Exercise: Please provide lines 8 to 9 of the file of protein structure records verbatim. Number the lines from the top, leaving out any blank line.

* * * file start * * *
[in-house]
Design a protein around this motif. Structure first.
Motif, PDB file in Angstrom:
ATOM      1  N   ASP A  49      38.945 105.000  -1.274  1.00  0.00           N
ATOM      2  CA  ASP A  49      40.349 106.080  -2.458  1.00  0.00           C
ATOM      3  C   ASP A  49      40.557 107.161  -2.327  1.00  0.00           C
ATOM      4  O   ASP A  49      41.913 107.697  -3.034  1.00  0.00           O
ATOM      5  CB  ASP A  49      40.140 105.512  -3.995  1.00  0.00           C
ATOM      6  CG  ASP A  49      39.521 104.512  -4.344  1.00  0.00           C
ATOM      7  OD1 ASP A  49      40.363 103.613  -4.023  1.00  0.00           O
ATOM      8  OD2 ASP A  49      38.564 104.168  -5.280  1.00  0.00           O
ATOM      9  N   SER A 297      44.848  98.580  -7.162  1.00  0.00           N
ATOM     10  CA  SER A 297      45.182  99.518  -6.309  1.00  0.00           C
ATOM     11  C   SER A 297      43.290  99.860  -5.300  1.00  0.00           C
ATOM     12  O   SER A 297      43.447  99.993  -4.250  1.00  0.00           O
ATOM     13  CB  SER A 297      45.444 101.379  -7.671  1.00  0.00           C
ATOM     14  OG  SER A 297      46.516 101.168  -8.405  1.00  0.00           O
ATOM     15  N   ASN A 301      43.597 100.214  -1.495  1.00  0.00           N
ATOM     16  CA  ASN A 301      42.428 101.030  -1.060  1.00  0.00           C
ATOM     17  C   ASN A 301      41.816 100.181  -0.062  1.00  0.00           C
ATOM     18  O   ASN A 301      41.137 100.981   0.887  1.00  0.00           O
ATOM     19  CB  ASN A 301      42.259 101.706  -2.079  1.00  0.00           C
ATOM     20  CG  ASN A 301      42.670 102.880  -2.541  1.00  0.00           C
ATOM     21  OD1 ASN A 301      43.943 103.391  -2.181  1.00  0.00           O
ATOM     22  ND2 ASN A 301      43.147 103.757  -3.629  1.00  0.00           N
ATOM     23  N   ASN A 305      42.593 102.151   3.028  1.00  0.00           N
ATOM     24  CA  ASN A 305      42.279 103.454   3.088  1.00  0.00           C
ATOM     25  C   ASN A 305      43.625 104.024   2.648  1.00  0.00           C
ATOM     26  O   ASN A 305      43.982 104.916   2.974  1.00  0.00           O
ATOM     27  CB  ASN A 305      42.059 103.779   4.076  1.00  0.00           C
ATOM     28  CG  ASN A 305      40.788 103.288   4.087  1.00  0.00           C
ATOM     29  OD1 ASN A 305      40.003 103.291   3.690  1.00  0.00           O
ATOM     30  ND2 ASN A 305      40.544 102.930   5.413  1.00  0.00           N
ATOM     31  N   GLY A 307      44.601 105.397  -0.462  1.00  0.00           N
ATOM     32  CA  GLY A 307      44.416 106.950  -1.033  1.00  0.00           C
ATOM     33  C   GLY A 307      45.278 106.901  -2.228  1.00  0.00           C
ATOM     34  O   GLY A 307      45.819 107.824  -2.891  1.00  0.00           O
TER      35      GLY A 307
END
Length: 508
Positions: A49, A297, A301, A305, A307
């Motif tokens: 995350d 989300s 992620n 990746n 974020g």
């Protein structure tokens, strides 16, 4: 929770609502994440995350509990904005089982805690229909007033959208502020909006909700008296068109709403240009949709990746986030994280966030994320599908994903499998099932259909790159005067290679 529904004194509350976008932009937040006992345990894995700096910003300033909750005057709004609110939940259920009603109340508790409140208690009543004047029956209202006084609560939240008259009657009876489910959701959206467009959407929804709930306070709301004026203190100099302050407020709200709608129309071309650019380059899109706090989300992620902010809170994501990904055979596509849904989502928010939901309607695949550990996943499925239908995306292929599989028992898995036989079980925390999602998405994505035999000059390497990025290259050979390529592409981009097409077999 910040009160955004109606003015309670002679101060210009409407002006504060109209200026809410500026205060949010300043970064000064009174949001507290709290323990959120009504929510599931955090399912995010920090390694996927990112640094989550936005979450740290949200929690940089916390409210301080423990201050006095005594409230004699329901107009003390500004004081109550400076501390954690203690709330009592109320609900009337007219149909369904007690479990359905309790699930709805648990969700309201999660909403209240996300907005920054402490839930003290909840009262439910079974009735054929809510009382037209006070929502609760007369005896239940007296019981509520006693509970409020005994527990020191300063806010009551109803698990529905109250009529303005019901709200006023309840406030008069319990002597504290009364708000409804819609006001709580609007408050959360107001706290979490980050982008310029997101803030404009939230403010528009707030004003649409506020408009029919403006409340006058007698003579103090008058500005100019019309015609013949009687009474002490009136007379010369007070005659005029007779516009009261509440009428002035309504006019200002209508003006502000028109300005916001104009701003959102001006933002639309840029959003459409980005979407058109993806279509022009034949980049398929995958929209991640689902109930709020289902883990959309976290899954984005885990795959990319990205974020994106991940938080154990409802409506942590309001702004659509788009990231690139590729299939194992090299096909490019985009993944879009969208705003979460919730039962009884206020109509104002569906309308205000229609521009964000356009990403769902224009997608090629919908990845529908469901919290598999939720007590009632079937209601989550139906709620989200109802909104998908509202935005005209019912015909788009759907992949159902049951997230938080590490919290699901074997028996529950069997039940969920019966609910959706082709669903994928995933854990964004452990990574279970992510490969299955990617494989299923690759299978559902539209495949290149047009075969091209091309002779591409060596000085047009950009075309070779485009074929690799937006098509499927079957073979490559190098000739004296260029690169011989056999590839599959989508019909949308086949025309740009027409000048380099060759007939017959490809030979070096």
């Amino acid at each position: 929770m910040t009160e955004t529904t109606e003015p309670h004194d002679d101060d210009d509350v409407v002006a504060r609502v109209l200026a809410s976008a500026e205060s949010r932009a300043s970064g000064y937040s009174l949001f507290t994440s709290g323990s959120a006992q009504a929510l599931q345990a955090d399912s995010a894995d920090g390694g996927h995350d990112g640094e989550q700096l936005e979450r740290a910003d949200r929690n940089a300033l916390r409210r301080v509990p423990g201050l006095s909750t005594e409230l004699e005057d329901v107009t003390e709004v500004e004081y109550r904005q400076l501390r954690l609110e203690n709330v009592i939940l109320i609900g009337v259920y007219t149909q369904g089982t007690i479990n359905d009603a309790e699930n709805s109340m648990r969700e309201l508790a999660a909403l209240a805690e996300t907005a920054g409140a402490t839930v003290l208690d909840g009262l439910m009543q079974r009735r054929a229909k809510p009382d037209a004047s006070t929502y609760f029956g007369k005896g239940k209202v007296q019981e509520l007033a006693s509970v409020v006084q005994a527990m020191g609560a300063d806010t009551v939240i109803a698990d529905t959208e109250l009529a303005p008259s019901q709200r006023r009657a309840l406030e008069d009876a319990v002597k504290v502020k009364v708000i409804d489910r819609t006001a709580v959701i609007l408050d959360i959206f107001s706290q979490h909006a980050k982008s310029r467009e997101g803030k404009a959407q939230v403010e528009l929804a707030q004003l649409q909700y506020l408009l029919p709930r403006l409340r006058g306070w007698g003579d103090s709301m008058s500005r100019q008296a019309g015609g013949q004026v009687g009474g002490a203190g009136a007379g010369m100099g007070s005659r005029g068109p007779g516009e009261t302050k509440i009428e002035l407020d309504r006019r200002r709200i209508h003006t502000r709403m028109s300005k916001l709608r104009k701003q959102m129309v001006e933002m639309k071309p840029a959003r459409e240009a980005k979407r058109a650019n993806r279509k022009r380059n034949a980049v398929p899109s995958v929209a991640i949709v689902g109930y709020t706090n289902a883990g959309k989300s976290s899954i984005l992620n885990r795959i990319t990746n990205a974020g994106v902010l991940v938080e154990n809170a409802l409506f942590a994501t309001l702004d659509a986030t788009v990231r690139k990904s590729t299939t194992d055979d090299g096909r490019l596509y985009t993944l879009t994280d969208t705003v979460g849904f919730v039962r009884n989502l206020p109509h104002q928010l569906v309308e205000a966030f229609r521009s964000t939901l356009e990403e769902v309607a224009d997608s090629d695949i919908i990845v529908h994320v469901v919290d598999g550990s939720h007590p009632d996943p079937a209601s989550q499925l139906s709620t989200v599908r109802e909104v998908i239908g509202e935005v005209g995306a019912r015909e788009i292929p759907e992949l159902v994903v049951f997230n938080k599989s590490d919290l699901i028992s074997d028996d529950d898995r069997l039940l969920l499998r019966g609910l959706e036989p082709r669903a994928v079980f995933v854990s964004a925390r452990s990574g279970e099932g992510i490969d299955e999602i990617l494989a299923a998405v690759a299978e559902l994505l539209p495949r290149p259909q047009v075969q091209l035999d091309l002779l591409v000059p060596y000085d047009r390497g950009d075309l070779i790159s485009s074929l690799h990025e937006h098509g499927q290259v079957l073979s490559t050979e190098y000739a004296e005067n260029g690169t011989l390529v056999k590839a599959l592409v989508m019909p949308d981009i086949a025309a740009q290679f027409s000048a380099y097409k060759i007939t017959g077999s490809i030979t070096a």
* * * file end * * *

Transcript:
ATOM      5  CB  ASP A  49      40.140 105.512  -3.995  1.00  0.00           C
ATOM      6  CG  ASP A  49      39.521 104.512  -4.344  1.00  0.00           C